Labor misclassification is a serious problem, costing the state over $7b annually in tax revenue and supplemental public services. Through “misclassification scheme[s]” such as “man in the middle,” employers try to avoid compliance with labor laws, avoid offering rest breaks, meal breaks, medical insurance, overtime pay, workers compensation insurance, unemployment insurance, or covering their fair share of employer taxes. Mejia v. Roussos Constr., Inc., 76 Cal. App. 5th 811, 815 (2022).
The firm is pleased to report that in a hard fought matter spanning eight years, after a trial, and after four years on appeal, the California Court of Appeal ruled that employers cannot escape misclassification liability simply by farming out their hiring process to a third party. On this question, the Court ruled in favor of Tong Robbins' clients, stating in plain language, “We agree with plaintiffs." Id. at 817.
In this decision, the Court of Appeal found that the ABC Test articulated originally in the matter of Dynamex, codified by the California Legislature in a law known as AB 5, see Cal. Lab. Code § 2775 – 2787, contains no “threshold hiring entity test” that would otherwise allow employers to escape liability for misclassifying their workers as independent contractors. Id. at 818-19.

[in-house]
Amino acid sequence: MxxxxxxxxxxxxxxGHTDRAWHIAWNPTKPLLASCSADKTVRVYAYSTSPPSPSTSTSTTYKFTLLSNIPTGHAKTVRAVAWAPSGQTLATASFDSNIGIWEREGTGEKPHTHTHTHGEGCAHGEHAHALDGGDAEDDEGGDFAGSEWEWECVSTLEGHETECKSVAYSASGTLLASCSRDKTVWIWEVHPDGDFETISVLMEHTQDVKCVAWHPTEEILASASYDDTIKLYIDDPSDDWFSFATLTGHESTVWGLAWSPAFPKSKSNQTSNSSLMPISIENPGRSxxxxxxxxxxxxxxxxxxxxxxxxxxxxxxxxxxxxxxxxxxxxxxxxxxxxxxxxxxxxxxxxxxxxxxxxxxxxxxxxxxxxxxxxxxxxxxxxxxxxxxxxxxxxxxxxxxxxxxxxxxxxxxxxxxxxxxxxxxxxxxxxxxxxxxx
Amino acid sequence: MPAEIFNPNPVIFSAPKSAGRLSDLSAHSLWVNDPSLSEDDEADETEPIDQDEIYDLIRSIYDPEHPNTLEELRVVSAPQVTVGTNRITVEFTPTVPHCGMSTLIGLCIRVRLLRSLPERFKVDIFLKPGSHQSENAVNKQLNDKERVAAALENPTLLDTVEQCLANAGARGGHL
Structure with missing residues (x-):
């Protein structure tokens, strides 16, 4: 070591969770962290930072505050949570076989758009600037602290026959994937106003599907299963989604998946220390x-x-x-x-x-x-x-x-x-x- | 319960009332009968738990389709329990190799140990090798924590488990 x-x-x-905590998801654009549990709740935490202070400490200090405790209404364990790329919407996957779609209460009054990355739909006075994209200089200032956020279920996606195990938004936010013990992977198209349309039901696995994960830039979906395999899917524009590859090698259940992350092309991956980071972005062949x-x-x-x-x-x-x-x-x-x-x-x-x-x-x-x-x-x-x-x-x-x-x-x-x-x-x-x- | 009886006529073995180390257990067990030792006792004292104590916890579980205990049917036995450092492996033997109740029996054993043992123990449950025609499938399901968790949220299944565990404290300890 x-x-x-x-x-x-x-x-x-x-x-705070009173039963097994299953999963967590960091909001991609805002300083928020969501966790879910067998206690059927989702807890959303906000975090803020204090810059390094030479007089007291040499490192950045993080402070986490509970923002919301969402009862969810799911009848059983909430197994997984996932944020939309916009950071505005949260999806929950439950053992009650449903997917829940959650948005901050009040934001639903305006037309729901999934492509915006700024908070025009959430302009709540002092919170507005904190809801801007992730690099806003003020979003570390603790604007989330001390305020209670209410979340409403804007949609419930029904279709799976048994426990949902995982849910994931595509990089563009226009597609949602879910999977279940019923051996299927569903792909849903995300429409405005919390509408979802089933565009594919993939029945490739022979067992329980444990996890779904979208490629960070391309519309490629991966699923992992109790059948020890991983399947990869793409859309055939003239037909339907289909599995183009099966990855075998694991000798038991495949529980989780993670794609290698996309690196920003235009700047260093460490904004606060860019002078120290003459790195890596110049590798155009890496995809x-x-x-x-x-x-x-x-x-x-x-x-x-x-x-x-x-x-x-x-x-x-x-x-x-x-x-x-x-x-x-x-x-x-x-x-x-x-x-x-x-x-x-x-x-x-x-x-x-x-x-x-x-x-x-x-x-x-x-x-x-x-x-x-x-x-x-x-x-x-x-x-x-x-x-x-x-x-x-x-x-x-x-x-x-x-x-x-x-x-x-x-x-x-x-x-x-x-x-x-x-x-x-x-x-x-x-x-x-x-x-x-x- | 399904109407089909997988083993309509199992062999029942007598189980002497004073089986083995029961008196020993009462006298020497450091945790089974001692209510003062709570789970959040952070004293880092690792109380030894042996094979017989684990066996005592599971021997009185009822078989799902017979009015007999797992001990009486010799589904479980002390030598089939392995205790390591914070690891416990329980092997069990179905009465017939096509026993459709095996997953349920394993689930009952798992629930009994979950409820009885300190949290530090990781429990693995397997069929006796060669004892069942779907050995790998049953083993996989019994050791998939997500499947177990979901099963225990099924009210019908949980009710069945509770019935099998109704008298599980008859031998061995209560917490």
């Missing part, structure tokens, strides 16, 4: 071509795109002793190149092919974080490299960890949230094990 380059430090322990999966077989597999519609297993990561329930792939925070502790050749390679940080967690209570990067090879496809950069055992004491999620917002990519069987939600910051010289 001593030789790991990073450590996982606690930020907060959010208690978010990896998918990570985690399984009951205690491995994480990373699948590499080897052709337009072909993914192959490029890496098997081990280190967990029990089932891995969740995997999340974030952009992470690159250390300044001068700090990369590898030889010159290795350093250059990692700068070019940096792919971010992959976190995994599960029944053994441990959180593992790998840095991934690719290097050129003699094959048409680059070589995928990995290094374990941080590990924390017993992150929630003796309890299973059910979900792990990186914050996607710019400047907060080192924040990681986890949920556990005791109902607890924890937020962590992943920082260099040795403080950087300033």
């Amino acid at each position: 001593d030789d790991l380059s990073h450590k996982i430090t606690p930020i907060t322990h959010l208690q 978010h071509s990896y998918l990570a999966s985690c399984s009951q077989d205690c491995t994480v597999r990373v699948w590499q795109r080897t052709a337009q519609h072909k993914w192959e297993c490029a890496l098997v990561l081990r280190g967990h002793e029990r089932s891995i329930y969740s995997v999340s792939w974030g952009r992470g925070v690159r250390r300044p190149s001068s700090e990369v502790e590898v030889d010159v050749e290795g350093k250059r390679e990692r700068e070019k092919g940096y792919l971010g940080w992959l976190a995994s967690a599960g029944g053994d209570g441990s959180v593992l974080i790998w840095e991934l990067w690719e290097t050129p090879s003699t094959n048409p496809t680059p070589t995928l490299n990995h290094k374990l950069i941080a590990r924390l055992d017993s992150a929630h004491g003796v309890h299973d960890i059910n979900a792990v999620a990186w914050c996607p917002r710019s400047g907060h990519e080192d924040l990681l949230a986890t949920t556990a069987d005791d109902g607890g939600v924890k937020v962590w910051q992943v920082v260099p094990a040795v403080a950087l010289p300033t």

In this way the Mejia Court now stands with every other source of authority that has ever examined this question, in concluding bosses cannot defeat, undermine, nor vitiate the ABC Test and thereby sidestep their lawful responsibilities as employers in the State of California. See People v. Uber Techs., Inc., 56 Cal. App. 5th 266, 307 (2020) (“We reject defendants’ invitation to import a threshold ‘hiring entity’ inquiry . . . .”); see also Ludlow v. Flowers Foods, Inc., No.18CV1190-JO-JLB, 2022 WL 2441295, at *3 (S.D. Cal. July 5, 2022) (holding “the law does not require any threshold ‘hiring entity’ analysis before the Dynamex ABC Test is applied to determine whether a worker is an employee or independent contractor”); Fleming v. Matco Tools Corp., No. 19-CV-00463-WHO, 2021 WL 673445, at *6 (N.D. Cal. Feb. 21, 2021); James v. Uber Techs. Inc., 338 F.R.D. 123, 131–32 (N.D. Cal. 2021).
Sometimes you have to compel the opposition's response to discovery. But before you can move to compel, you are required to "meet and confer." If you do the "meet and confer" wrong, your discovery motion will be doomed.
A common area of abuse occurs when attorneys instruct their clients to not answer a deposition question. Instructions to refuse to answer should occur only in response to questions implicating a privilege. All other instructions to not answer questions for relevance, for hearsay, or even for “harassment,” are improper.
The firm is pleased to report that in a hard fought matter spanning eight years, after a trial, and after four years on appeal, the California Court of Appeal ruled in favor of Tong Robbins’ clients, holding, in plain language, “We agree with plaintiffs.”
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